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Given a second chance, Vereen carries himself well

By Greg A. Bedard
Globe Staff / August 21, 2012
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FOXBOROUGH — His final line of 20 yards on 10 carries won’t wow anyone.

It shouldn’t.

But make no mistake, running back Shane Vereen helped himself in the Patriots exhibition game with the Eagles Monday night at Gillette Stadium.

He was given an opening by Stevan Ridley to be New England’s lead running back to start the season, and Vereen held his own.

After the Patriots used a second-round pick in the 2011 draft on Vereen, his rookie season was basically a waste.

His contract didn’t get done in time for the start of training camp after the lockout, so he missed a few valuable days.

And then during his second practice, Vereen pulled his hamstring and was largely unseen until he rushed for 39 yards on eight carries in mop-up time against the Chiefs Nov. 21.

Vereen missed the final month of the season when the hamstring acted up again.

The Patriots had to wonder if Vereen was ever going to have an impact. Especially after the start of this training camp, when his play was uninspiring.

Vereen was a standout sprinter in high school and then in college at Cal. But he rarely showed the type of explosion that you would expect to see. It even appeared like undrafted running back Brandon Bolden was ahead of Vereen on the depth chart. Bolden had outplayed Vereen.

And then things started to change in the exhibition opener against the Saints.

He had 64 yards on 11 carries (5.8 average) and looked to be the best back on the team.

But circumstances are everything in this game, and Vereen did all of his damage in the second half long after the Saints starters and even backups had departed the game.

Patriots coaches didn’t seem impressed. You would figure after output like that, Vereen would leap up the depth chart and get more chances with the first team.

Yet in the first two padded practices following the game, Ridley was in command and comfortably the lead back. Vereen was still trying to get carries with the backups.

And then Ridley fumbled Aug. 14.

The ghosts of Ridley’s two fumbles late last season — which landed him firmly on the bench through the Super Bowl — had reappeared and the coaches weren’t happy.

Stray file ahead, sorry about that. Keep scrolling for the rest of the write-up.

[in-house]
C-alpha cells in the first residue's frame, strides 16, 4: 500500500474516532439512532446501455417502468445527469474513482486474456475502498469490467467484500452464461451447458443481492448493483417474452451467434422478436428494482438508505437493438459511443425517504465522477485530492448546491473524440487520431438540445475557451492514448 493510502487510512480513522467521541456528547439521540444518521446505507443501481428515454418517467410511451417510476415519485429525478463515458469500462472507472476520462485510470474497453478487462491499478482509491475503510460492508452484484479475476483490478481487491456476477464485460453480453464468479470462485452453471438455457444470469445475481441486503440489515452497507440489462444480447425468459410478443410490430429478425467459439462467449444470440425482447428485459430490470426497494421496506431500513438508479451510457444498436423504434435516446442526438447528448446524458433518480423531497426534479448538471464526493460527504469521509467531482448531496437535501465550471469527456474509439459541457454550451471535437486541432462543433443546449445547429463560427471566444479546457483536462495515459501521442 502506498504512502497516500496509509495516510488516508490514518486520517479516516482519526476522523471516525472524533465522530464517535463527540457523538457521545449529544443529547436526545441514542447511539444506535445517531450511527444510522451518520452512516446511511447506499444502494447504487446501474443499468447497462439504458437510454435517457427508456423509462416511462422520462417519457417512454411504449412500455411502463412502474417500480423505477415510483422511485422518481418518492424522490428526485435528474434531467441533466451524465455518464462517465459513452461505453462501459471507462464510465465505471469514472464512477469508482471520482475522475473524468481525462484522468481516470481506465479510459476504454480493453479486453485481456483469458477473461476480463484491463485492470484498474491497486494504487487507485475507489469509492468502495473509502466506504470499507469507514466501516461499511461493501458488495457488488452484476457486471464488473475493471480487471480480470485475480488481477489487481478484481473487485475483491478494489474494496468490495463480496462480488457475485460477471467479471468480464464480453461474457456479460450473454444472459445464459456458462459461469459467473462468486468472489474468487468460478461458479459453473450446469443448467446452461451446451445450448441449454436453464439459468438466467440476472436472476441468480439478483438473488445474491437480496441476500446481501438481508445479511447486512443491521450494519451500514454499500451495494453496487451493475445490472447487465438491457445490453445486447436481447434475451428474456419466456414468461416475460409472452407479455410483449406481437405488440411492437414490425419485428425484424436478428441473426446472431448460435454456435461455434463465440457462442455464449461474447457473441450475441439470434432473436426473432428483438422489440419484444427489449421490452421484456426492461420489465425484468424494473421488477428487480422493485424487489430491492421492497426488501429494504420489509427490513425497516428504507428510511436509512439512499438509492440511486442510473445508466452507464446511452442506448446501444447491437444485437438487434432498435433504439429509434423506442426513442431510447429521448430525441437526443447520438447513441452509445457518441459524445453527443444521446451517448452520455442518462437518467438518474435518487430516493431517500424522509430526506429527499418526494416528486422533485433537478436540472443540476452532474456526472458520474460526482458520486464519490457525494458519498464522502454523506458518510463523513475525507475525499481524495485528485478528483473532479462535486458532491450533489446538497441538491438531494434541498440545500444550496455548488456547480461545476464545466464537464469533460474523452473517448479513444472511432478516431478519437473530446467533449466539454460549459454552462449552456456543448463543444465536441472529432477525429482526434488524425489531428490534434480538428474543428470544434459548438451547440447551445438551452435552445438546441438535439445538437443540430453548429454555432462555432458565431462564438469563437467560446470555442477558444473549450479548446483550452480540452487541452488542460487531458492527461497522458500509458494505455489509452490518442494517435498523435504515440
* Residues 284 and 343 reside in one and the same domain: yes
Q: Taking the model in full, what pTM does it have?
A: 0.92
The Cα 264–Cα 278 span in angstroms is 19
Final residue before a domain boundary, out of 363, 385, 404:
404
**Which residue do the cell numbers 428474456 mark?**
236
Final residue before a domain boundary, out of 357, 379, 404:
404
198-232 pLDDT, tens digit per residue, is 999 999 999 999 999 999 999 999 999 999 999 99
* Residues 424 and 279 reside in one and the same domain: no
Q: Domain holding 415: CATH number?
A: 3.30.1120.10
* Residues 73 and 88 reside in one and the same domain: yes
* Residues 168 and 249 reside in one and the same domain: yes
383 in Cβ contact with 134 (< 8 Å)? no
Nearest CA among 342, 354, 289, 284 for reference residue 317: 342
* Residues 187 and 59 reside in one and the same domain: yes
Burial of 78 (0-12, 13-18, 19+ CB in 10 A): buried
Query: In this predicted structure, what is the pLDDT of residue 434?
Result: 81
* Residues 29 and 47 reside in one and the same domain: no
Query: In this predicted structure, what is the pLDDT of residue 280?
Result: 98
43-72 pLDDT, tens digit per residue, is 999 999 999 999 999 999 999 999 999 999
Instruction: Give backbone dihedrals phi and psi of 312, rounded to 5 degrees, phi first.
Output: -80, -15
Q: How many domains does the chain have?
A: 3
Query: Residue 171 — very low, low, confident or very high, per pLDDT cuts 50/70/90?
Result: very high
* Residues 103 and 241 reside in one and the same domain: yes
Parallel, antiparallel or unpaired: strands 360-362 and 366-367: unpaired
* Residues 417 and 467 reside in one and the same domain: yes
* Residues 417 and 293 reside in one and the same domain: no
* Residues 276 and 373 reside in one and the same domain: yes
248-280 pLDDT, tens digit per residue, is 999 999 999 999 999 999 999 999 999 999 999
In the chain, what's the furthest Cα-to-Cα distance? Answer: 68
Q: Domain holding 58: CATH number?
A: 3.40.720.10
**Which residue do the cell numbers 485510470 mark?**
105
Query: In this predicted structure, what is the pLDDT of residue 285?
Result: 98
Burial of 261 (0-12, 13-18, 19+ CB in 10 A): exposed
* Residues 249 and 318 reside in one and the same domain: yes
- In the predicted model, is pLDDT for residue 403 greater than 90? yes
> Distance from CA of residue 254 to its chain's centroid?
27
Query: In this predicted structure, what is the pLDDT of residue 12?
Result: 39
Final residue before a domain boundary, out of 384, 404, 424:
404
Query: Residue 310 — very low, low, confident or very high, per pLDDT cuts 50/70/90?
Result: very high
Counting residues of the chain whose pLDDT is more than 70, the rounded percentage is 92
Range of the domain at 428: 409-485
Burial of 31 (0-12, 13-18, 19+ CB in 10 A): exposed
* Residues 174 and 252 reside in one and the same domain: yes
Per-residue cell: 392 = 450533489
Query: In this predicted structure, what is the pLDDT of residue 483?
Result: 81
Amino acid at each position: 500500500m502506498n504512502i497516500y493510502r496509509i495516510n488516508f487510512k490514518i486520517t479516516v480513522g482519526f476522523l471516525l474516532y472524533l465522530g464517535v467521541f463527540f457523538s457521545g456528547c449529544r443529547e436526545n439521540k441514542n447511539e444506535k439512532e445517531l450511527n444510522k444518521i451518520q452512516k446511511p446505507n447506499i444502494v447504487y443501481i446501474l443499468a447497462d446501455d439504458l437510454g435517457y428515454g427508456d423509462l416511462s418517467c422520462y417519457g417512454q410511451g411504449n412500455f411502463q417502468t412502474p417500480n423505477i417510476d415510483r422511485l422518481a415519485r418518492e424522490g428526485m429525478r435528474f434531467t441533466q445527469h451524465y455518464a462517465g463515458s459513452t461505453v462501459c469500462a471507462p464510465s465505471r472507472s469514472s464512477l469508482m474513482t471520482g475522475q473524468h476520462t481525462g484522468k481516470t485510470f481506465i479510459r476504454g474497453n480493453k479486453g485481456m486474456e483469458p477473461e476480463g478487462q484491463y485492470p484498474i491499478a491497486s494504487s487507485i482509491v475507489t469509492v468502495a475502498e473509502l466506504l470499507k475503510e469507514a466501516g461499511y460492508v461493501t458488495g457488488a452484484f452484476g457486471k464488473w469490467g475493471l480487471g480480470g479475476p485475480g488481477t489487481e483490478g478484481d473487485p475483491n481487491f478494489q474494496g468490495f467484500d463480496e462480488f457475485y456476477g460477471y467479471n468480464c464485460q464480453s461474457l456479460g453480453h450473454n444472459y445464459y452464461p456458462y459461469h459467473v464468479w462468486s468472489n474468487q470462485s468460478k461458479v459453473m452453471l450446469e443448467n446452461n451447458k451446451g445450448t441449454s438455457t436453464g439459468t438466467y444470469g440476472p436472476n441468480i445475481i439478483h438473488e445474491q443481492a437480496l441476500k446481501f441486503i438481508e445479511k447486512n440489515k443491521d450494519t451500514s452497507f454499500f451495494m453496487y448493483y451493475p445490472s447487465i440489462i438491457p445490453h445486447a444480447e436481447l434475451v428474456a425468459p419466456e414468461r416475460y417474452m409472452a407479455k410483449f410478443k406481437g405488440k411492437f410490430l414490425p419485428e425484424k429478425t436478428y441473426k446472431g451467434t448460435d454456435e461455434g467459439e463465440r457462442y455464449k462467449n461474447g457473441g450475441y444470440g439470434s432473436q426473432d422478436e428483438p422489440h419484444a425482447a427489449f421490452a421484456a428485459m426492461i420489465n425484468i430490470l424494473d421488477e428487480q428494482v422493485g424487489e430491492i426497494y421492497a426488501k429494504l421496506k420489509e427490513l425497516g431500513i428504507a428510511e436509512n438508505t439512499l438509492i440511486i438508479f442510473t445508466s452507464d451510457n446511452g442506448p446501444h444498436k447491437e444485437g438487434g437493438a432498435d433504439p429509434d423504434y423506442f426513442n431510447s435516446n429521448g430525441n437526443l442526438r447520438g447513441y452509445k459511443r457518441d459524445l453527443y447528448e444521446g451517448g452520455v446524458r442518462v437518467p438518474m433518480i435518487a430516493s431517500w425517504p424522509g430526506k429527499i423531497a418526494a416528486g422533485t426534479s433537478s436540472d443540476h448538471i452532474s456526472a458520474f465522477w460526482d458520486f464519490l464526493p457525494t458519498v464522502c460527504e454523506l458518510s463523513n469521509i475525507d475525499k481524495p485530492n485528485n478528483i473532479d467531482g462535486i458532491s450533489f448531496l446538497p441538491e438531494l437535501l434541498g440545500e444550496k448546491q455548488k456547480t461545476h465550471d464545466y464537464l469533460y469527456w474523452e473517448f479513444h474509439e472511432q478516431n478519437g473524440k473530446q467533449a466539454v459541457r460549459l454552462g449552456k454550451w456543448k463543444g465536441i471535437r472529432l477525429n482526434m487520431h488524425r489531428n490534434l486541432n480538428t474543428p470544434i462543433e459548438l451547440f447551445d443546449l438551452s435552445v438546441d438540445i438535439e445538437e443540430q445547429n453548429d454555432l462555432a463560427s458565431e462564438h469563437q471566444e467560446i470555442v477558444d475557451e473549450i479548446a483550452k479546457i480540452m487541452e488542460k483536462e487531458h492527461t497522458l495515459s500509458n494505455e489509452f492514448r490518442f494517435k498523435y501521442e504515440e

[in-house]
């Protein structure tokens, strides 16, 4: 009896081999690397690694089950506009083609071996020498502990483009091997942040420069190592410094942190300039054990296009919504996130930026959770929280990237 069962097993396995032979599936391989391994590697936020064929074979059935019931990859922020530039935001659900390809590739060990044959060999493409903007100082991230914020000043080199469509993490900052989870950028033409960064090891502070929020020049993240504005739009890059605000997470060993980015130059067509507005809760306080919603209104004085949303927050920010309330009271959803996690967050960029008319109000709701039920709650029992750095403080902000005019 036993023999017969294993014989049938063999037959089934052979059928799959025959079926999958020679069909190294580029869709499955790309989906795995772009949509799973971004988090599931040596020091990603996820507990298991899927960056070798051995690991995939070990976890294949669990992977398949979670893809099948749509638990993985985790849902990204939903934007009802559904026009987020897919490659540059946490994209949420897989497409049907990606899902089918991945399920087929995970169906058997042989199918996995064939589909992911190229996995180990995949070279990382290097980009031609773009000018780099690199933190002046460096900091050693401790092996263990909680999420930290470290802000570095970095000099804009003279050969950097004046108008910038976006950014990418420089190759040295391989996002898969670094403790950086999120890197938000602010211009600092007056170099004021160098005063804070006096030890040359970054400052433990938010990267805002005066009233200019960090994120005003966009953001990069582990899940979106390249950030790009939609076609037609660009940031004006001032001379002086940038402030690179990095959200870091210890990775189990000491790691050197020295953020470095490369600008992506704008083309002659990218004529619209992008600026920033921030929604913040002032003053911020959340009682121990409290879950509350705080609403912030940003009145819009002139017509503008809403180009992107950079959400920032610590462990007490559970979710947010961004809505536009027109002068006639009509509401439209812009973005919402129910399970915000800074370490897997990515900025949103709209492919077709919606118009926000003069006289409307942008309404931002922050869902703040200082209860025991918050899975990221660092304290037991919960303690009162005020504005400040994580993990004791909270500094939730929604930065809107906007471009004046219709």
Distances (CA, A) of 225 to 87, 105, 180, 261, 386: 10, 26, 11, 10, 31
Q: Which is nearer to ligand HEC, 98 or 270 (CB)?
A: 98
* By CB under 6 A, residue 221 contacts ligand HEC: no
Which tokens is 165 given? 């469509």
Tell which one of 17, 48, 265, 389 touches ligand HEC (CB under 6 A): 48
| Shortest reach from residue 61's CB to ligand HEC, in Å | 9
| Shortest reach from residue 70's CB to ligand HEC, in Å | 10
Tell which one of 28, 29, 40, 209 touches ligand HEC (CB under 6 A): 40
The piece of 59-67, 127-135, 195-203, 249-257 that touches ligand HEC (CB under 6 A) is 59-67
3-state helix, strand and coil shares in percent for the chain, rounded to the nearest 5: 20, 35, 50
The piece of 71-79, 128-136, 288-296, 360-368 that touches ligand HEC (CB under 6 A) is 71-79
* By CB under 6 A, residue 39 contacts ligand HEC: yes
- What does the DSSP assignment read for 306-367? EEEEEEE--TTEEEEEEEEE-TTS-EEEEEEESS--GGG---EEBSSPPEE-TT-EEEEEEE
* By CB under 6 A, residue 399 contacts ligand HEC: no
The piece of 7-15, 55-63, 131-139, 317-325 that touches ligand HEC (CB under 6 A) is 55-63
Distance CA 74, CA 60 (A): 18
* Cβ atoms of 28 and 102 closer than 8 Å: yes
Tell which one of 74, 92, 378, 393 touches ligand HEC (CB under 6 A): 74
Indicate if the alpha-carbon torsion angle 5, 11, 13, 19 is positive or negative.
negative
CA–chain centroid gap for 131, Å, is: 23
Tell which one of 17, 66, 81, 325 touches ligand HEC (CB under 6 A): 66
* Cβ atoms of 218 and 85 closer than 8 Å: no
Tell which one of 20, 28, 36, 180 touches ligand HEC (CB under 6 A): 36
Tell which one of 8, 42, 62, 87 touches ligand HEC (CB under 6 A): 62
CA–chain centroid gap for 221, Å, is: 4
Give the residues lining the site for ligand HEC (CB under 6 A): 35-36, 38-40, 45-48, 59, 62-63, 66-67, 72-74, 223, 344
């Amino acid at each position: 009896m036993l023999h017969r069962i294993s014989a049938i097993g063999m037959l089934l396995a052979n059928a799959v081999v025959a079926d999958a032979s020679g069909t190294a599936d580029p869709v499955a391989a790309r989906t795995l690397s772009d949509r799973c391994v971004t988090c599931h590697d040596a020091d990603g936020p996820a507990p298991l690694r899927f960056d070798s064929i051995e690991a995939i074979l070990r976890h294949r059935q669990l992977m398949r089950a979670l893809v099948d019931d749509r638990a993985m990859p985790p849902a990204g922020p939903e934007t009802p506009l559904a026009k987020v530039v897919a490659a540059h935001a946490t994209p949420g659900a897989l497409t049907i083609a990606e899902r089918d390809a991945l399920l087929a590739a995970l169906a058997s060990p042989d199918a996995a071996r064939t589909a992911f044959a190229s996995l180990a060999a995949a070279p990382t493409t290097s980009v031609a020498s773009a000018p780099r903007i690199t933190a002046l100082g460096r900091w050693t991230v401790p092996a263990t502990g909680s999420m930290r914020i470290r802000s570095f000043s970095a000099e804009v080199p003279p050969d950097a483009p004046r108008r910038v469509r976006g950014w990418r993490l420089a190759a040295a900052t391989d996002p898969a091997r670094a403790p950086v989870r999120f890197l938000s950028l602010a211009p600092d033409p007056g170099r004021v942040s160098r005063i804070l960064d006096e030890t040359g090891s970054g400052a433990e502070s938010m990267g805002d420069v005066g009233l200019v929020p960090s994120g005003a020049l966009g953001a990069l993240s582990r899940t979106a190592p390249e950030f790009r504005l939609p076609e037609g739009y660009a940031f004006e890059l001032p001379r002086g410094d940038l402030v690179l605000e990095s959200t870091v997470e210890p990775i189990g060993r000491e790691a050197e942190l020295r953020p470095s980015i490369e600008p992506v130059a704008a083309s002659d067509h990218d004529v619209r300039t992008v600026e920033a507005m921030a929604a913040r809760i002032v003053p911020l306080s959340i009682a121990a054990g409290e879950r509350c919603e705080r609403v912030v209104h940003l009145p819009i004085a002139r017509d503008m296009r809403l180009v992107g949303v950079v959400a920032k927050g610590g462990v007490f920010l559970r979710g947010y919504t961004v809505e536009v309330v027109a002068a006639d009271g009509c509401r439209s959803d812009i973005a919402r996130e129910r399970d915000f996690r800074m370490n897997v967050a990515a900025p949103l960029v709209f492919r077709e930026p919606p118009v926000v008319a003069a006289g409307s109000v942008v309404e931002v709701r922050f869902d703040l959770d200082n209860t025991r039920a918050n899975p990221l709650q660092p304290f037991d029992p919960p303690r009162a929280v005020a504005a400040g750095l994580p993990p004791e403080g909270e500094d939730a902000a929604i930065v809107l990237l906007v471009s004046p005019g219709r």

Vereen got his number called in the very next practice, and the competition we all figured to see followed.

Break No. 2 to Vereen happened Thursday when Ridley injured his hamstring near the right knee. Ridley did not play against the Eagles, so it was Vereen’s show.

Vereen didn’t blow anybody away because the blocking in front of him was terrible. Vereen got a dose of what Ridley saw against the Saints when he had 40 yards on eight carries against New Orleans’ top defenders.

Vereen’s output wasn’t flashy, but he showed some important traits that should keep him in this battle for the top spot.

He rarely danced in the backfield and picked the right holes. He fell forward and picked up a few more yards to turn a 1- or 2-yard gain into 3 and 4 yards.

Vereen picked up 20 yards on a screen pass that was perfectly called by offensive coordinator Josh McDaniels against an Eagles’ blitz.

But Vereen was far from perfect.

He was caught from behind on the screen by a defensive lineman on a play that should have gone for a touchdown.

On the third play from scrimmage, Vereen didn’t read the block of center Ryan Wendell correctly on a screen pass and only picked up 4 yards.

On the third drive, Vereen ran into the back of guard Dan Connolly when a hole was open.

So, no, Vereen didn’t knock it out of the park. But he hit a few clean singles. And when it comes to replacing starter BenJarvus Green-Ellis, who signed in free agency with the Bengals, that’s good enough.

The Patriots will always be a passing team with Tom Brady at quarterback. What they need is a running back to keep the defense honest and respect play-action passes. They need a back who will pick up the hard yards when they need it.

Basically, that’s what Vereen has done. And he’s now healthy, and hasn’t fumbled.

That means the competition is back on between Vereen and Ridley, just like it should have been all along.

Greg A. Bedard can be reached at gbedard@globe.com. Follow him on Twitter @gregabedard.

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